Survey and economic analysis conducted by the Consumer Federation of America (CFA) demonstrates the immense and unprecedented harm that volatile gasoline prices over the past have done to household budgets. In 2011, we found that household gasoline expenditures set a record, reaching an average of over $2,850. Ten years ago, the average family spent 13 percent less on gas than it did on home energy costs like electricity and heating. Now, keeping fuel in the tank costs 40 percent more than powering a home. In 2011, for the first time, the cost of gasoline exceeded the cost of car ownership as the largest component of the total cost of driving.
So it’s no wonder that our new consumer polling data shows strong consumer demand for more fuel-efficient cars. In our new national poll, 74 percent of respondents said the 2025 standard of 54.5 mpg is a good idea. Looking beyond the pocketbook benefits, 88 percent of those surveyed said the U.S. should reduce oil consumption. We also found that the more important cutting U.S. oil consumption was to average respondent, the higher the gas mileage he or she wanted to get.
Automakers are already responding to consumer demand for higher fuel economy. New-vehicle fuel efficiency is increasing at a faster rate than it has since the oil price shocks of the 1970s. One example: CFA found that the number of vehicles getting over 30 mpg has more than quadrupled in the last five years, moving from 12 models to 52.
In our recent analysis we found that choosing a more fuel efficient car consistently pays off for consumers, from every angle. Using Bureau of Labor Statistics data on car prices, we looked back at how much improvements in fuel economy technology cost consumers compared to how much these efficiency technology measures save drivers at the pump. For example, conservatively, $950 worth of the price increase in a Ford F-150 pickup since 2002 can be chalked up to technological improvements aimed at better fuel economy. But the typical owner who keeps the truck for six years will save $5,369 on gas because of those very improvements. All told, the consumer will come out $4,419 ahead. Not bad for a purported gas-guzzler.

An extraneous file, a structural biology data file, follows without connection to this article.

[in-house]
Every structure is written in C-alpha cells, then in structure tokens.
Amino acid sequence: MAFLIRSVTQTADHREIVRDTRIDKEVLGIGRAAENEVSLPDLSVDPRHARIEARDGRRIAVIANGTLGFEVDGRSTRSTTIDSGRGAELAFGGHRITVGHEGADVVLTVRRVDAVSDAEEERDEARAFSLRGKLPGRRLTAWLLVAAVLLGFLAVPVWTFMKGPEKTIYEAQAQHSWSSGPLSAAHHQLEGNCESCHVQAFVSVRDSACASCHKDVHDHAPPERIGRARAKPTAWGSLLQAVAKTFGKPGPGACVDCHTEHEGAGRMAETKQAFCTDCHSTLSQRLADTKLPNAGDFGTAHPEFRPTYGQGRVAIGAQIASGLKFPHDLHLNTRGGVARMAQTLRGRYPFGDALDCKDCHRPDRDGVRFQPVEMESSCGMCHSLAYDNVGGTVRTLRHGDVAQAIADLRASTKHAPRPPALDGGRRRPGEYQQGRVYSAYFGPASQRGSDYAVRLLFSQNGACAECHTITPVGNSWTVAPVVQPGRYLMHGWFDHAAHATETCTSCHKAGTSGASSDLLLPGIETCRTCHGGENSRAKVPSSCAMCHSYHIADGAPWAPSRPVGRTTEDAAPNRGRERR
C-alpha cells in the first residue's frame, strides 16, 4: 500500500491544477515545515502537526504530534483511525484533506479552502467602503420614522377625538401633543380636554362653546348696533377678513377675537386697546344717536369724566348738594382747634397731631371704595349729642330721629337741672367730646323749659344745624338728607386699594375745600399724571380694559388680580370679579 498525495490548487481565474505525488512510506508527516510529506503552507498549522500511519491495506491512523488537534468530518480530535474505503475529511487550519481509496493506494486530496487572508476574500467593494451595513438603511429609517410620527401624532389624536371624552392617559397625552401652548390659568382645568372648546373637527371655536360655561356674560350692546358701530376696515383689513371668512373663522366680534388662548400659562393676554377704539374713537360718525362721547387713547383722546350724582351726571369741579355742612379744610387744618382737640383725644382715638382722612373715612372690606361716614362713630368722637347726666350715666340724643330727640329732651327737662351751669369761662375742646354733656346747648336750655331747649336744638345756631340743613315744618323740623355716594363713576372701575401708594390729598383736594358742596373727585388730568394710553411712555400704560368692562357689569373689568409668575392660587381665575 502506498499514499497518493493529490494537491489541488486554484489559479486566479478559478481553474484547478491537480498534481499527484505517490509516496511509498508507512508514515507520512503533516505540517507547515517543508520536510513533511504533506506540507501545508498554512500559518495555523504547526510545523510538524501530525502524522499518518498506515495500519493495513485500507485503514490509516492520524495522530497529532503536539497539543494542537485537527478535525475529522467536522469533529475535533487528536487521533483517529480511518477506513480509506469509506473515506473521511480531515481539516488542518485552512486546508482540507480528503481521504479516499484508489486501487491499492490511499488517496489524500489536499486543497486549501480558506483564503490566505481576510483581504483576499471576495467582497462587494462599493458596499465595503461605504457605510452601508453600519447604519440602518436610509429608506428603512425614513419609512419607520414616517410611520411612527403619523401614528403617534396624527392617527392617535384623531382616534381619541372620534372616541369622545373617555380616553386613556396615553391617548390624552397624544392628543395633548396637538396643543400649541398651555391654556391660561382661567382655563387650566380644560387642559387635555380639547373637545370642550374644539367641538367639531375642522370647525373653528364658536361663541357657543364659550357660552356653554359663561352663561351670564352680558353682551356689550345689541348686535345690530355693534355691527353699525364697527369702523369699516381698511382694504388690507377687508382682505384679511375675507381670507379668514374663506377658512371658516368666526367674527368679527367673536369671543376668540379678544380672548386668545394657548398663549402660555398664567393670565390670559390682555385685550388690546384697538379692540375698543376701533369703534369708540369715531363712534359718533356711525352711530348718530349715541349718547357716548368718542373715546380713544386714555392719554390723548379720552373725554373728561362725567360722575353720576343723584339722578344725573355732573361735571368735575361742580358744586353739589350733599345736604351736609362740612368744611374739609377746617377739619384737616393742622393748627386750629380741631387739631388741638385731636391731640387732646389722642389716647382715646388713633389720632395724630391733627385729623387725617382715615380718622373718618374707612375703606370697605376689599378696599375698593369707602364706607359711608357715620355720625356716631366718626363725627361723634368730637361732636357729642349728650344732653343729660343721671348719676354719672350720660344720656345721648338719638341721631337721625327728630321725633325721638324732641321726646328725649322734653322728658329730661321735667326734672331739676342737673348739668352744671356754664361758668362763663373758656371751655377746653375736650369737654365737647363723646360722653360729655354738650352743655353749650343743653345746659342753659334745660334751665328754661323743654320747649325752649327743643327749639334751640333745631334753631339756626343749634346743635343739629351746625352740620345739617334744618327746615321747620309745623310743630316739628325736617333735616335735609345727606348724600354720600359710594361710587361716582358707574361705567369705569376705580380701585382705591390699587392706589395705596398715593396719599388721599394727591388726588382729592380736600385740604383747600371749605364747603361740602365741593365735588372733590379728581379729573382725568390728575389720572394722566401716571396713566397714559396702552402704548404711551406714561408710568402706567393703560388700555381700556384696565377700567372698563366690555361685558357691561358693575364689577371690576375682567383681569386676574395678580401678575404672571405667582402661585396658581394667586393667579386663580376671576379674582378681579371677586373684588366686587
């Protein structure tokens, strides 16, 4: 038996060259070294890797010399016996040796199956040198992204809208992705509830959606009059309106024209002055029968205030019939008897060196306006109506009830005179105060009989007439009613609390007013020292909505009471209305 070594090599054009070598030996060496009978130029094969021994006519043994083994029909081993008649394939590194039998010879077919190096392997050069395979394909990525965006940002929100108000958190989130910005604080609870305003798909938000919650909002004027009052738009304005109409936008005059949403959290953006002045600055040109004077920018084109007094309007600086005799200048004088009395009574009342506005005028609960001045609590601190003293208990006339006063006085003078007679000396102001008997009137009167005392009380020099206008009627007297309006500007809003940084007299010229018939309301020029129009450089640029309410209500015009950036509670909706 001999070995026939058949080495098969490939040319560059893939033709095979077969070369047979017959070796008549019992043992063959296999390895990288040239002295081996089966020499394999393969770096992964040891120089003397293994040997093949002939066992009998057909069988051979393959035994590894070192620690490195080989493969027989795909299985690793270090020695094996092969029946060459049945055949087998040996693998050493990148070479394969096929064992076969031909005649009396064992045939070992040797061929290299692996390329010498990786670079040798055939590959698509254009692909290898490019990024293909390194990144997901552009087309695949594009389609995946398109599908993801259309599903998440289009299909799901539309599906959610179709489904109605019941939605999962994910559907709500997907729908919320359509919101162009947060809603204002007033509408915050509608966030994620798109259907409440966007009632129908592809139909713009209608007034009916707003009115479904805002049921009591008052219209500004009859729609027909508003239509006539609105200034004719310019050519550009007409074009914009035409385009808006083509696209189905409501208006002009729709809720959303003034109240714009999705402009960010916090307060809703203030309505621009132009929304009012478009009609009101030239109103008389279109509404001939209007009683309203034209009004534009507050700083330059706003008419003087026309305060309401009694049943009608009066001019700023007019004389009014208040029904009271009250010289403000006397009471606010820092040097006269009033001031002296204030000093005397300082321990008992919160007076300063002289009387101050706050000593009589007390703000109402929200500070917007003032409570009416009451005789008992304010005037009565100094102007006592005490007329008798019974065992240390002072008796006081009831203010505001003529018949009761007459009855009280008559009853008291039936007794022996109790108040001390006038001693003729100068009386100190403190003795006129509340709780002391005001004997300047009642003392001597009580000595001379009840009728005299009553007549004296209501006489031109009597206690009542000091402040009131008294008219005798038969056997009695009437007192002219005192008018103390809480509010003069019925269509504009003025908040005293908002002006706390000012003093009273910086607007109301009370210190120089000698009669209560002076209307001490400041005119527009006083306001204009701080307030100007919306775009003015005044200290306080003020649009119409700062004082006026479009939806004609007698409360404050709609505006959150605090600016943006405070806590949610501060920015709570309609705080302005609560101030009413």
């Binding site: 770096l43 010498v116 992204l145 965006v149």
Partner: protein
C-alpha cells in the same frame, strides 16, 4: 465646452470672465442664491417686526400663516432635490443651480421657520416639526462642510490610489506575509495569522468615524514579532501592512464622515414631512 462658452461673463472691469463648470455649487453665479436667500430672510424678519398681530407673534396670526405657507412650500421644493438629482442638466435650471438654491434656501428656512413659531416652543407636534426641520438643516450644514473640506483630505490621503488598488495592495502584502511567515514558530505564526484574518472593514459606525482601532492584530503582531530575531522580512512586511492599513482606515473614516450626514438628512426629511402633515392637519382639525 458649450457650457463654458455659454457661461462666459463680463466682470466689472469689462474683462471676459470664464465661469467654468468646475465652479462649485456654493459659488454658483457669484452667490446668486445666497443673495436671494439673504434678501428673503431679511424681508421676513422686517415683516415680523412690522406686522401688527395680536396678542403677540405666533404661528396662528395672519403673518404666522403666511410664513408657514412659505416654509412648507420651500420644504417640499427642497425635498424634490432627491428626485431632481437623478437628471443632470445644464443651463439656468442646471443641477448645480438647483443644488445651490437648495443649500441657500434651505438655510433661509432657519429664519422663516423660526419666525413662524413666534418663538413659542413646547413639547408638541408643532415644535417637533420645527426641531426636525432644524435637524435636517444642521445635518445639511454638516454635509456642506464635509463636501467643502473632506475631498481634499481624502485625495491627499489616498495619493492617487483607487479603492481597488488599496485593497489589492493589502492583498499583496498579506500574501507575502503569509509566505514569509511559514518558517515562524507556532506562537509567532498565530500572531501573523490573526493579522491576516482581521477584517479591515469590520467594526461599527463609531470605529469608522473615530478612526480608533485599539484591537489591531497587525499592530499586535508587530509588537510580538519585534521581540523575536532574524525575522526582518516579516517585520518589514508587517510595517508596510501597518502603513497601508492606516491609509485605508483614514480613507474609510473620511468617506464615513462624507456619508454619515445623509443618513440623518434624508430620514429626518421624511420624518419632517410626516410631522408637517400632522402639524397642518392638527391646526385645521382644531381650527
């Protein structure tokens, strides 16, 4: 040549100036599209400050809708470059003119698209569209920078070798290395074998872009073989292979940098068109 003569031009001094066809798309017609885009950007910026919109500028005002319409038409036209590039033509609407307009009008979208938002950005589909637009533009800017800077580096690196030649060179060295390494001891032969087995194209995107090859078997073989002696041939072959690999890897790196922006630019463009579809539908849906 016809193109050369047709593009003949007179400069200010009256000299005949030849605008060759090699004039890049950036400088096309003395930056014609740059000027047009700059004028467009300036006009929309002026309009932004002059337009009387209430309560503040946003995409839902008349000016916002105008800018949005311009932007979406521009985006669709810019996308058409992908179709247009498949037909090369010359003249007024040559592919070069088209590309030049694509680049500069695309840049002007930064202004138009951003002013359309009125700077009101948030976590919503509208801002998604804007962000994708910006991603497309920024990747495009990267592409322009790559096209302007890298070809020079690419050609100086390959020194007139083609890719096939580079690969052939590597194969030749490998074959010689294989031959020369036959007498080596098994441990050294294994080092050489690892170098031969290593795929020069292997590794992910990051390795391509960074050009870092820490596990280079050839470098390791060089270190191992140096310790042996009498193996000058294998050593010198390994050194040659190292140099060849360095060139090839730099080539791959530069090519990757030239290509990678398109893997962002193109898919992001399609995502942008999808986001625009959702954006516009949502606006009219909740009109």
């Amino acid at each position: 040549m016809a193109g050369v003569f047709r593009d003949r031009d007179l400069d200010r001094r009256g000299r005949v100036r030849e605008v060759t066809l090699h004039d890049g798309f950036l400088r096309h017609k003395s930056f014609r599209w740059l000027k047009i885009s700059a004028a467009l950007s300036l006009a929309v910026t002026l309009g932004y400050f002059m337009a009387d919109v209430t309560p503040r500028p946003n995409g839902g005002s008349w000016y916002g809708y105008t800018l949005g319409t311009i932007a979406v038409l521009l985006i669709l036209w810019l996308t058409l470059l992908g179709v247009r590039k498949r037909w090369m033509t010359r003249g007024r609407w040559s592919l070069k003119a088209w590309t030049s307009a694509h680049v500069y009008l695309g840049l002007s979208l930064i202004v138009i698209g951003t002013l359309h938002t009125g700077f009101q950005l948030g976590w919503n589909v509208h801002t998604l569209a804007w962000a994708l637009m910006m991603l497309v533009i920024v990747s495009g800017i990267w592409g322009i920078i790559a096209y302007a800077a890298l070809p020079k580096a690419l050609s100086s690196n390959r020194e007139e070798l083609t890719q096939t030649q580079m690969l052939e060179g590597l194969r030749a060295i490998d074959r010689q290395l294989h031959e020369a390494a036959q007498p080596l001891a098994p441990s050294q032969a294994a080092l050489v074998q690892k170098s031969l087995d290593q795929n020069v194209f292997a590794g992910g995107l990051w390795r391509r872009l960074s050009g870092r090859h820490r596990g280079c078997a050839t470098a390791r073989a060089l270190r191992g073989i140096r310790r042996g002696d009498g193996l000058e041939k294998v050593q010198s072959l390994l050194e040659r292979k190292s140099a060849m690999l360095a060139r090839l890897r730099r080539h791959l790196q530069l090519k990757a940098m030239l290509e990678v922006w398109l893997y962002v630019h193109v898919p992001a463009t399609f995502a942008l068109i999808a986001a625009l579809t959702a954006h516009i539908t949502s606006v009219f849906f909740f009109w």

In our new analysis we also compare pairs of similar vehicle models today to determine if choosing a slightly more expensive, but also more fuel-efficient car today is a good investment for consumers. We found that, indeed, fuel economy is a good investment. We found, for example, that a 33 mpg Honda Civic priced at $15,805 is a better consumer investment than the less expensive 29 mpg Mitsubishi Lancer (priced at $15,695). The Civic owner will save enough money on gasoline after three months of owning the car to cover the higher sticker price. And, the owner will end up saving an additional $243 in the first full year of ownership. Comparing several other vehicle pairs, we came to the same conclusion.
American families should also rest assured that coming fuel economy improvements will not price consumers out of the market. By the end of the average auto loan, the average consumer will save about $800 by purchasing a car that meets the 2025 standard. By the tenth year of ownership, the consumer will save more than $3,000.
The new gas mileage standard will not only save American families and businesses money, it will also help trim oil imports, which is an economic and environmental plus for the nation. It will prod American manufacturers to keep innovating and to stay competitive in the global marketplace. These are the reasons that consumer experts, automakers, auto workers, national security experts, public health organizations and environmentalists all back the standard.
For the good of all Americans, especially consumers, 54.5 mpg by 2025 is an idea whose time has come.
Cooper is director of research for the Consumer Federation of America (CFA). Gillis is director of public affairs for CFA and author of The Car Book. CFA is a national association of nearly 280 non-profit organizations working to advance the interests of consumers.